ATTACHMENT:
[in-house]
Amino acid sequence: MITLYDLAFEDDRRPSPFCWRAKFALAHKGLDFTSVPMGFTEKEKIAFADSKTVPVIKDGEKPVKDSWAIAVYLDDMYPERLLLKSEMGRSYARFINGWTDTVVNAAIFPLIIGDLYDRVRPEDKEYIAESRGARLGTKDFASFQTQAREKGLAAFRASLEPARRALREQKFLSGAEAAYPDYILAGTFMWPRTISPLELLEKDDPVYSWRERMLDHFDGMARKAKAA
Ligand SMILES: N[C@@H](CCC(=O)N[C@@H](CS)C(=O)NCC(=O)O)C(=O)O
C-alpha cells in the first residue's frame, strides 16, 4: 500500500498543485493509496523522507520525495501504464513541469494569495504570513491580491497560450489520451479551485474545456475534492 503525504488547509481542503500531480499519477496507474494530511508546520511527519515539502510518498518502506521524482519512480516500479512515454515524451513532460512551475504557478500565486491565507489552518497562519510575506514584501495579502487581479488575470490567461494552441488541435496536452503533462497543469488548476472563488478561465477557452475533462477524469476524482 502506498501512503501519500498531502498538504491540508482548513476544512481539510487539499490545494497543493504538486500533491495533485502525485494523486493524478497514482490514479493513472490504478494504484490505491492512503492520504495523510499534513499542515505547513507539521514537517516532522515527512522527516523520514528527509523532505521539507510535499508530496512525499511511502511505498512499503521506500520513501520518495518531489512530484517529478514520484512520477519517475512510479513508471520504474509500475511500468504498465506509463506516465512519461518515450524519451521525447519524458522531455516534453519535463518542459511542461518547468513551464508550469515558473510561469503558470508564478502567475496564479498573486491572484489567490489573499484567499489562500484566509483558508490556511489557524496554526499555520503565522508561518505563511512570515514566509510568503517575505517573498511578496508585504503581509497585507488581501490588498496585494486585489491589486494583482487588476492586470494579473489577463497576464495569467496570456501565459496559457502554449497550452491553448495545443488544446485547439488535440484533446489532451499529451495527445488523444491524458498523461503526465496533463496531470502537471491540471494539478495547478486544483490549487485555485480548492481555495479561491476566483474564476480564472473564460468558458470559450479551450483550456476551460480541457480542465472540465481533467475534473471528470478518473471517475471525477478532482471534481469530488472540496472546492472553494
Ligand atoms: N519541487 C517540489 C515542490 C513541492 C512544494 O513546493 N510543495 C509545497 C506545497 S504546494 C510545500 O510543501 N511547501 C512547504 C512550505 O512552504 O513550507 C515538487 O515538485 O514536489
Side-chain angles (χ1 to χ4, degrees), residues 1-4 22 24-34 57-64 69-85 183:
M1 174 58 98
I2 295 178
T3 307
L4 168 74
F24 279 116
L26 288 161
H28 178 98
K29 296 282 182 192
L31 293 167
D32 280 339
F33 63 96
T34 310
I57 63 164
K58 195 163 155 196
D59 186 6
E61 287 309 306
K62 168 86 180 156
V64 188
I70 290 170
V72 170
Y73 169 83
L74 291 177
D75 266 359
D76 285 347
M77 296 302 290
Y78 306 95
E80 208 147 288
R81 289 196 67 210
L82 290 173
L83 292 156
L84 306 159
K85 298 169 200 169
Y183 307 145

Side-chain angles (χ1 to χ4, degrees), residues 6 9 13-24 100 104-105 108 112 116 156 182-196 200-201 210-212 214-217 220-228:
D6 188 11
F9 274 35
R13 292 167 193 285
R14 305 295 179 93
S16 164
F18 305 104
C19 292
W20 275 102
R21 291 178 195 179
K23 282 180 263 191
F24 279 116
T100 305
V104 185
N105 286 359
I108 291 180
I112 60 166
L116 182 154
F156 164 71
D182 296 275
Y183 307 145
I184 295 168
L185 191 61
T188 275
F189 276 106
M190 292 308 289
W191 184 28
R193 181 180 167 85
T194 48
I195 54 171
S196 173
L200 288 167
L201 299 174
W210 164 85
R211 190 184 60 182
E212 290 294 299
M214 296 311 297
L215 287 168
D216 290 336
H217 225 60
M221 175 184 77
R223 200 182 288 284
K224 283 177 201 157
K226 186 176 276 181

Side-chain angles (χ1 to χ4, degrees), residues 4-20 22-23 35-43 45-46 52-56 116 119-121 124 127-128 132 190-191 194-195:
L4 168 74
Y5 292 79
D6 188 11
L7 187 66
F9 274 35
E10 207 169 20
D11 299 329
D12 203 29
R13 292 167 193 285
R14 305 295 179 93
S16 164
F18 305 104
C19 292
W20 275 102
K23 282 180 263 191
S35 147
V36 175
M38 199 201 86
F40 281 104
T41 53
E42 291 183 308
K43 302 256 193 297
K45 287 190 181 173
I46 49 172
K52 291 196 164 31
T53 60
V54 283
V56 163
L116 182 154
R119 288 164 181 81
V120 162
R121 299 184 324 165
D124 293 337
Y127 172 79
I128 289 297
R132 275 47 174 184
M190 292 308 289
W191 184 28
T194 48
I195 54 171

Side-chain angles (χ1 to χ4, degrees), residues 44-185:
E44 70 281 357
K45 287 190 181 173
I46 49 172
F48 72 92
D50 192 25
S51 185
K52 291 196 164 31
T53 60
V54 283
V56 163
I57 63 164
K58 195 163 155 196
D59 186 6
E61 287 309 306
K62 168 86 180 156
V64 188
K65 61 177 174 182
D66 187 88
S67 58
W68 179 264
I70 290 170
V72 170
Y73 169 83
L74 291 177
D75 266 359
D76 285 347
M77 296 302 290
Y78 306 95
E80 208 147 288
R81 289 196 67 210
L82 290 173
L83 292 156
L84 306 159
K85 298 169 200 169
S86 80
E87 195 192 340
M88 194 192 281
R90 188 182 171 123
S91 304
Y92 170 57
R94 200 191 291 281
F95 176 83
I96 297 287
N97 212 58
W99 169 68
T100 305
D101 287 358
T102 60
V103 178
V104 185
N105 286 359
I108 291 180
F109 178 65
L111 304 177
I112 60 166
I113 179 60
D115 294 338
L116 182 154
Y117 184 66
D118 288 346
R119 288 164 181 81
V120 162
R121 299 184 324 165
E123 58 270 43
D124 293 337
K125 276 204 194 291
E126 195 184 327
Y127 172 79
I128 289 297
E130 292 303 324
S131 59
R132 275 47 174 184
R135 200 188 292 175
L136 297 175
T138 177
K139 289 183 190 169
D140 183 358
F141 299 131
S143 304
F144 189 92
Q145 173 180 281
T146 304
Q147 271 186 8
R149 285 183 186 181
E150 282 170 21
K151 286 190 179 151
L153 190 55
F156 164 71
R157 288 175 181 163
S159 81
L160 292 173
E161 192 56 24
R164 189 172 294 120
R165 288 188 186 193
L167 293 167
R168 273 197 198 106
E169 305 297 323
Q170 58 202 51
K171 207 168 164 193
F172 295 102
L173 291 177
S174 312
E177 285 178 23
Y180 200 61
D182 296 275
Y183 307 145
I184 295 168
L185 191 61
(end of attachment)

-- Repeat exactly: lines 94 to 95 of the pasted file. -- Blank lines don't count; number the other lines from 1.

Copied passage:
R14 305 295 179 93
S16 164